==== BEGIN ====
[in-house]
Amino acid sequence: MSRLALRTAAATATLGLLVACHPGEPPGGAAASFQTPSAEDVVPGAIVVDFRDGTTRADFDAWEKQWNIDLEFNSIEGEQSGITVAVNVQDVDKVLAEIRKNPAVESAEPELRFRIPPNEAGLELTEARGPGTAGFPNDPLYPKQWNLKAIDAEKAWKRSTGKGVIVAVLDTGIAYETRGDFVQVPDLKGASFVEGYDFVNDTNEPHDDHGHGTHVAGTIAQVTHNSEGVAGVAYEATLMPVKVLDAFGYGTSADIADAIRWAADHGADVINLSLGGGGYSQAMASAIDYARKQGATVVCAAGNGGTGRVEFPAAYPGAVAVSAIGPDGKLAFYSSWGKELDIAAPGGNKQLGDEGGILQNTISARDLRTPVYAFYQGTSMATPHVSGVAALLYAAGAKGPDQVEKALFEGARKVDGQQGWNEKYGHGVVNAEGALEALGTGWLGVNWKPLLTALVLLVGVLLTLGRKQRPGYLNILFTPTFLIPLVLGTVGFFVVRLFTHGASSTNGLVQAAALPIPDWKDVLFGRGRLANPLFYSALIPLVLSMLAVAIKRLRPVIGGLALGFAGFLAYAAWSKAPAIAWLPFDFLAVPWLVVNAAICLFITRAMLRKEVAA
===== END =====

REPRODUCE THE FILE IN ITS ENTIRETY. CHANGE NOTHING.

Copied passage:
[in-house]
Amino acid sequence: MSRLALRTAAATATLGLLVACHPGEPPGGAAASFQTPSAEDVVPGAIVVDFRDGTTRADFDAWEKQWNIDLEFNSIEGEQSGITVAVNVQDVDKVLAEIRKNPAVESAEPELRFRIPPNEAGLELTEARGPGTAGFPNDPLYPKQWNLKAIDAEKAWKRSTGKGVIVAVLDTGIAYETRGDFVQVPDLKGASFVEGYDFVNDTNEPHDDHGHGTHVAGTIAQVTHNSEGVAGVAYEATLMPVKVLDAFGYGTSADIADAIRWAADHGADVINLSLGGGGYSQAMASAIDYARKQGATVVCAAGNGGTGRVEFPAAYPGAVAVSAIGPDGKLAFYSSWGKELDIAAPGGNKQLGDEGGILQNTISARDLRTPVYAFYQGTSMATPHVSGVAALLYAAGAKGPDQVEKALFEGARKVDGQQGWNEKYGHGVVNAEGALEALGTGWLGVNWKPLLTALVLLVGVLLTLGRKQRPGYLNILFTPTFLIPLVLGTVGFFVVRLFTHGASSTNGLVQAAALPIPDWKDVLFGRGRLANPLFYSALIPLVLSMLAVAIKRLRPVIGGLALGFAGFLAYAAWSKAPAIAWLPFDFLAVPWLVVNAAICLFITRAMLRKEVAA